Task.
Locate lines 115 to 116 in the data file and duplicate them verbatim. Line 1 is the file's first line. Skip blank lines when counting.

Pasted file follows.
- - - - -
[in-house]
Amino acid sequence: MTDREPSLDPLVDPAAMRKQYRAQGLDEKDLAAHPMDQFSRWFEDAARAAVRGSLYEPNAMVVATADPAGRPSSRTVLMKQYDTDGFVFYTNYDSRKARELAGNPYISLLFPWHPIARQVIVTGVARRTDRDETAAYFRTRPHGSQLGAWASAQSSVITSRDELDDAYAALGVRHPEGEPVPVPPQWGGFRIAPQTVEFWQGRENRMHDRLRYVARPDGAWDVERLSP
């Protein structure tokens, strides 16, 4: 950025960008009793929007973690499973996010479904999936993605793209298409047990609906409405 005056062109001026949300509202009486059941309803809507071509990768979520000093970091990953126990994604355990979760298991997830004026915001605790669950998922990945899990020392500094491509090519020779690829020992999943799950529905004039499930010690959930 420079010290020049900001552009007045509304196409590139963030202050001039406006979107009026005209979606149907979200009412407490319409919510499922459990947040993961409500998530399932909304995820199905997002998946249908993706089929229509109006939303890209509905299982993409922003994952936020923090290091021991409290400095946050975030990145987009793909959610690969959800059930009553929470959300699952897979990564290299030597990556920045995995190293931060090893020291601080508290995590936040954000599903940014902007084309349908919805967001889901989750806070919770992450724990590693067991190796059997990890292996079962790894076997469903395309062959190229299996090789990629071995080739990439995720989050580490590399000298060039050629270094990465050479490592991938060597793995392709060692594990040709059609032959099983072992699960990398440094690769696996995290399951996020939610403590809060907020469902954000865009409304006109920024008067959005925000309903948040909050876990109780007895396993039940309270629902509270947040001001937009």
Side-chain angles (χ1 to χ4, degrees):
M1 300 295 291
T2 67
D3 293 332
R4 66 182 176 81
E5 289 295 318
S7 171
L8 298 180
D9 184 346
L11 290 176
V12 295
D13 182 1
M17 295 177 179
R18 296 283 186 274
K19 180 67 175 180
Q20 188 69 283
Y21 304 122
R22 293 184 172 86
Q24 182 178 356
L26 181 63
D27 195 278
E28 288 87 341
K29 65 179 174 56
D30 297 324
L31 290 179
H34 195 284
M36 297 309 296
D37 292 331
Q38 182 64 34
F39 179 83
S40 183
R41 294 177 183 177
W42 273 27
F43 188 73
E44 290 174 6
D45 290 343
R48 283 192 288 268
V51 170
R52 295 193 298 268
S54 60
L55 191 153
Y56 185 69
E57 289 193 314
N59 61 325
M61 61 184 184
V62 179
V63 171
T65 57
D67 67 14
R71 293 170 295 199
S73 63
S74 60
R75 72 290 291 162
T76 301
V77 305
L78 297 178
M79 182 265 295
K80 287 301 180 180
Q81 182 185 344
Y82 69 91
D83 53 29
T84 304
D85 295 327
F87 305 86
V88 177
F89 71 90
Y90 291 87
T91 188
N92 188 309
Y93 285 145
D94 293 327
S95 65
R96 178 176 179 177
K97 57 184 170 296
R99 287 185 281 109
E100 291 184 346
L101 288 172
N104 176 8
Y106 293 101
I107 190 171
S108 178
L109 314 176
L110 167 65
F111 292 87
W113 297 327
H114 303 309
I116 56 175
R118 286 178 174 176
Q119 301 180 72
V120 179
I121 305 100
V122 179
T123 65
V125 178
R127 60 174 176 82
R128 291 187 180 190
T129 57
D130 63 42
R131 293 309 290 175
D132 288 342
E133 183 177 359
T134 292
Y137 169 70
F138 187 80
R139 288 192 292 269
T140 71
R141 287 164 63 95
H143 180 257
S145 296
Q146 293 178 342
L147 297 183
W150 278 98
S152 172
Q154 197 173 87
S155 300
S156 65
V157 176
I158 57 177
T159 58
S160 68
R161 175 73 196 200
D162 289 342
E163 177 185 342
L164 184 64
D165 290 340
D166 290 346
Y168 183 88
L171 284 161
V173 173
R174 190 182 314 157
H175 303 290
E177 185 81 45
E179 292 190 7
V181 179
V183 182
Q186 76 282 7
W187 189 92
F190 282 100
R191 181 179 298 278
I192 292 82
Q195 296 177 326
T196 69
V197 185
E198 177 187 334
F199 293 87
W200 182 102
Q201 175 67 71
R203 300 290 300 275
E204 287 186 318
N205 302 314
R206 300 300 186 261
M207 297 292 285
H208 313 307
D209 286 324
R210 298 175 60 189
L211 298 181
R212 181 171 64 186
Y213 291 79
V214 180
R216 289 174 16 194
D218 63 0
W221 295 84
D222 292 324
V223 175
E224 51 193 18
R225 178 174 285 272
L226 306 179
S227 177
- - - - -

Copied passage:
W150 278 98
S152 172